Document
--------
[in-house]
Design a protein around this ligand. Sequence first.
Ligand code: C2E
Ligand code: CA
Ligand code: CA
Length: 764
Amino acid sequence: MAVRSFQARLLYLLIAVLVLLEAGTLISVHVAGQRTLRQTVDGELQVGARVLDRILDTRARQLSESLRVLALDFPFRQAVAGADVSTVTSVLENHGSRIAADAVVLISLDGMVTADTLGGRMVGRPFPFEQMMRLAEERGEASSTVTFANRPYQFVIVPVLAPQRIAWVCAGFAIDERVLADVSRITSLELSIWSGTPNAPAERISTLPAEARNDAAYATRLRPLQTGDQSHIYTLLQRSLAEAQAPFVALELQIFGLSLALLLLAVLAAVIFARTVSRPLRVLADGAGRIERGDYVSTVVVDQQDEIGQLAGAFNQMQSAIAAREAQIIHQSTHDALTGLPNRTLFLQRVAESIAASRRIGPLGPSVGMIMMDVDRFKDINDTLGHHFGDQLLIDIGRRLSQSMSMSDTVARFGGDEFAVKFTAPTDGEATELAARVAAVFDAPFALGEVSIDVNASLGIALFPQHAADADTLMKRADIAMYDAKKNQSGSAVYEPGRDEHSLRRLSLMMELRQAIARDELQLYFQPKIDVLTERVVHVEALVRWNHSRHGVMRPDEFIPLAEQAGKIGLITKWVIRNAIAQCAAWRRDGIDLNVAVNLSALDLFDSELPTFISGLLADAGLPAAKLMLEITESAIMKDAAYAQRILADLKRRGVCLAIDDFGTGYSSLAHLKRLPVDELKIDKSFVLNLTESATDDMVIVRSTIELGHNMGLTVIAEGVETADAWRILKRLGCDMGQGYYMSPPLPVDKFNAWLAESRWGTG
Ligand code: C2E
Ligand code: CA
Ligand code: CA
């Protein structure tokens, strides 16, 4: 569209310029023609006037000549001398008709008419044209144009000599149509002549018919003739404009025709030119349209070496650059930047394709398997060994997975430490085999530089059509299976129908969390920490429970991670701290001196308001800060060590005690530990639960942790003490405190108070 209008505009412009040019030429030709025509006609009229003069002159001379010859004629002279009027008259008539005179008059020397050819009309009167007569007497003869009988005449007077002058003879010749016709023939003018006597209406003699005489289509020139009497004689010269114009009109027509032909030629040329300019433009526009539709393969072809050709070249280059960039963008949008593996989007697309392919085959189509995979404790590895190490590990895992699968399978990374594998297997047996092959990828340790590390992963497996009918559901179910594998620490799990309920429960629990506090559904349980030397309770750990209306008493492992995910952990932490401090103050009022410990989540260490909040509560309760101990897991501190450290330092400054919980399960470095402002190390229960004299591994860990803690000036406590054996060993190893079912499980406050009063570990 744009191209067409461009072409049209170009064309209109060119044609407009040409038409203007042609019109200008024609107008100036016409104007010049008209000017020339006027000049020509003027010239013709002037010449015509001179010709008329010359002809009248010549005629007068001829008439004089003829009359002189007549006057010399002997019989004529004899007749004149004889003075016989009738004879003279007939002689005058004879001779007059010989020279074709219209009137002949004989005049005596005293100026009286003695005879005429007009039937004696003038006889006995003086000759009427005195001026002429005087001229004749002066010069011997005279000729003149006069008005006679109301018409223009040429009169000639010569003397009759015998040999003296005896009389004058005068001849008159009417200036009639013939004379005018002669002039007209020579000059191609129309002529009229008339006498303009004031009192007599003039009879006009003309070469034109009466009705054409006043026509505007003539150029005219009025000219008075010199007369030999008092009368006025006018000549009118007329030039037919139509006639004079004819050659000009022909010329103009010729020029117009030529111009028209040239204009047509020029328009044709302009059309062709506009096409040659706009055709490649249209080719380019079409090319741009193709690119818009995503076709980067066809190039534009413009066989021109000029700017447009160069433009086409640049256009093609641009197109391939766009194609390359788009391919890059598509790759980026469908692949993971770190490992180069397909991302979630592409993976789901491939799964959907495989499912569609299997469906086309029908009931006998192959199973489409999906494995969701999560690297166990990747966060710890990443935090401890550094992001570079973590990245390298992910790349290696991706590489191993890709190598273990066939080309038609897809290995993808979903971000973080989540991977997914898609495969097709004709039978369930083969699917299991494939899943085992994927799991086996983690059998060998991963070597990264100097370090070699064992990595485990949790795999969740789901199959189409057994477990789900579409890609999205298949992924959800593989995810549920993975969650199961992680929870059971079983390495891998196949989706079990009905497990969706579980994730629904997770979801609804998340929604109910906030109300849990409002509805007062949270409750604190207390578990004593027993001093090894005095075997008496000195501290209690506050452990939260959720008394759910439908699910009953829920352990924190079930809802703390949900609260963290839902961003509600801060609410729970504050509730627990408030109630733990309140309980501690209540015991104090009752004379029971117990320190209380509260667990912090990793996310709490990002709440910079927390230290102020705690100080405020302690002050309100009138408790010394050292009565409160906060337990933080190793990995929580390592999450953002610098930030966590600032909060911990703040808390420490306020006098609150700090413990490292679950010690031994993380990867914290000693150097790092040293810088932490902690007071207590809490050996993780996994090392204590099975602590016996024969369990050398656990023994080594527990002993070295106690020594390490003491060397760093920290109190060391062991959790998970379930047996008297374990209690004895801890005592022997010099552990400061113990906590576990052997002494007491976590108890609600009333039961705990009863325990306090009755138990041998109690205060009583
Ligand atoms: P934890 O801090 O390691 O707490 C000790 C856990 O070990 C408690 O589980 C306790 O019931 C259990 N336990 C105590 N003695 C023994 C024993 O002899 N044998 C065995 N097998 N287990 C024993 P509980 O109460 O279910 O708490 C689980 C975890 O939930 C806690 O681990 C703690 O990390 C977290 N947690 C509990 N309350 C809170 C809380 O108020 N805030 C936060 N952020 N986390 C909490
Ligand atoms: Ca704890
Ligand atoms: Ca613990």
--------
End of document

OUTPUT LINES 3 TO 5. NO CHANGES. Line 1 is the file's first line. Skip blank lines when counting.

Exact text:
Ligand code: C2E
Ligand code: CA
Ligand code: CA